, , , , , , ,

*Fine Books & Collections has released its first online issue, with articles by Nicholas Basbanes and others, several of the columns from the print issue, and lots of links.  In the “Letters to the Editor”, this is the editor’s response to the lament of the demise of the printed version:

After six years of publishing Fine Books, we had 4,000 subscribers and comparable numbers in newsstand sales. Research suggests there are roughly 300,000 book collectors in the U.S., yet we weren’t reaching them in print. When we made the commitment, starting last December, to put more editorial content online, traffic on our web site jumped from 8,000 page views to 24,000 pages views—in a single month.  Our short-term goal is 100,000 pages, and we think we’ll be there in the second quarter of 2009. The reality is that more people are using Fine Books online than ever did in print.
     The content will be just as good. We may lose some people, but if new subscribers to our e-letter are any indication, collectors are excited about our efforts.—Ed.

[I like the format and the content, but I will forever miss the hand-held journal that I could take anywhere, read anytime…I am stuck at this computer way too long each day as it is.]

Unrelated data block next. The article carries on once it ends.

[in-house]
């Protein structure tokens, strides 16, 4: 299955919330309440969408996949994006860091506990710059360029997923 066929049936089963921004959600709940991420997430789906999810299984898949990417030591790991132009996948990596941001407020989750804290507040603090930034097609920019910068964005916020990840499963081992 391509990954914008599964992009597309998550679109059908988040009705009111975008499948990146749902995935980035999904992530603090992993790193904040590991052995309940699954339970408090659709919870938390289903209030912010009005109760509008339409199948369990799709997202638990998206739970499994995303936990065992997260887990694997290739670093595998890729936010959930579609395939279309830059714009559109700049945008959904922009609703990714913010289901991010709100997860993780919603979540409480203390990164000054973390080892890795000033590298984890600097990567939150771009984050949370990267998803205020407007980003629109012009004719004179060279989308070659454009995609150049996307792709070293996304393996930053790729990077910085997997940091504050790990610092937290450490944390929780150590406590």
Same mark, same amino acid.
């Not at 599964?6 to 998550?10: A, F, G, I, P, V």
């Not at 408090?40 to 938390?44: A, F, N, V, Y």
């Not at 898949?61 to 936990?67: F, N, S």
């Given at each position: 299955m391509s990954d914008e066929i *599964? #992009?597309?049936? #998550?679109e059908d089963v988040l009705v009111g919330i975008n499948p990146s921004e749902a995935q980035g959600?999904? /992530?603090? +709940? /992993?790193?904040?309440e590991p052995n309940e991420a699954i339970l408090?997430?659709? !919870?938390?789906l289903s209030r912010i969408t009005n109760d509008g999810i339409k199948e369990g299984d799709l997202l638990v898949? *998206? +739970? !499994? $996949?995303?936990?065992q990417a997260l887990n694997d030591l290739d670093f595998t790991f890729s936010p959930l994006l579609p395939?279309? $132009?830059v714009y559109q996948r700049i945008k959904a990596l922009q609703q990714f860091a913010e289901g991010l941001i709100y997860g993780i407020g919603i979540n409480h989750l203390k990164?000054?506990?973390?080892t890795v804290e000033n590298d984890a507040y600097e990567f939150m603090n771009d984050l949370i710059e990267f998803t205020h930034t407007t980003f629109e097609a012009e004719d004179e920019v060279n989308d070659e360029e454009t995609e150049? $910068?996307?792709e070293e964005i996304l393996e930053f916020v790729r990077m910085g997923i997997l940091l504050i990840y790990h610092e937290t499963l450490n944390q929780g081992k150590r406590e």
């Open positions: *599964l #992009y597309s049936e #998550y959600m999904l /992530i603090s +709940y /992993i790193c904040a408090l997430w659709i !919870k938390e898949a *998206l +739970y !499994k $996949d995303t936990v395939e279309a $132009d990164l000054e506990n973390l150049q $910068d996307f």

[Spring Wildflower ABC, from an article on book artists Donna and Peter Thomas of Santa Cruz, California in the January online FB&C]

*A nice article in the Boston Globe by Janet Mendelsohn on the bookstores, both new and used, in Montpelier, Vermont, the smallest capital in the country, and a budding book town.

*A reminder that Otter Creek Books in Middlebury Vermont will be hosting Beth Kanell, author of the young adult book The Darkness under the Water on Saturday, January 10th at 10 a.m.    This story weaves together Abenaki Indian heritage, nature, Eugenics, and Vermont History. The setting is 1930 Vermont. Following a reading, Ms. Kanell will discuss how to do research in a used bookstore for crafting historical fiction. Kanell will be available to sign books. For further information on Beth Kanell visit http://www.bethkanell.com/.  Kanell owns Kingdom Books, a used bookstore in St. Johnsbury, Vermont. Both Kingdom Books and Otter Creek Used Books are members of the Vermont Antiquarian Booksellers Association (VABA).  Refreshments will be served – from Middlebury Bagel & Deli.

* An article about a new website about rural New England booksellers at PR.com; see the site at Guide to Rural New England Booksellsers, an online effort to encourage people to visit their local bookshops rather than shopping for books online…

*Another bookstore closing, this one in New York City, the Librairie de France in Rockefeller Center, largely due to an increase in rent from $360,000.  to one million $$ per year.  See this article at Yahoo News.

*The New York Times on Google’s Hopes to open a Trove of Little-seen Books.

*Jarndyce  Antiquarian Booksellers in London is offering a collection of 200 antique newspapers for £4,800…see this article at The Independent for more information.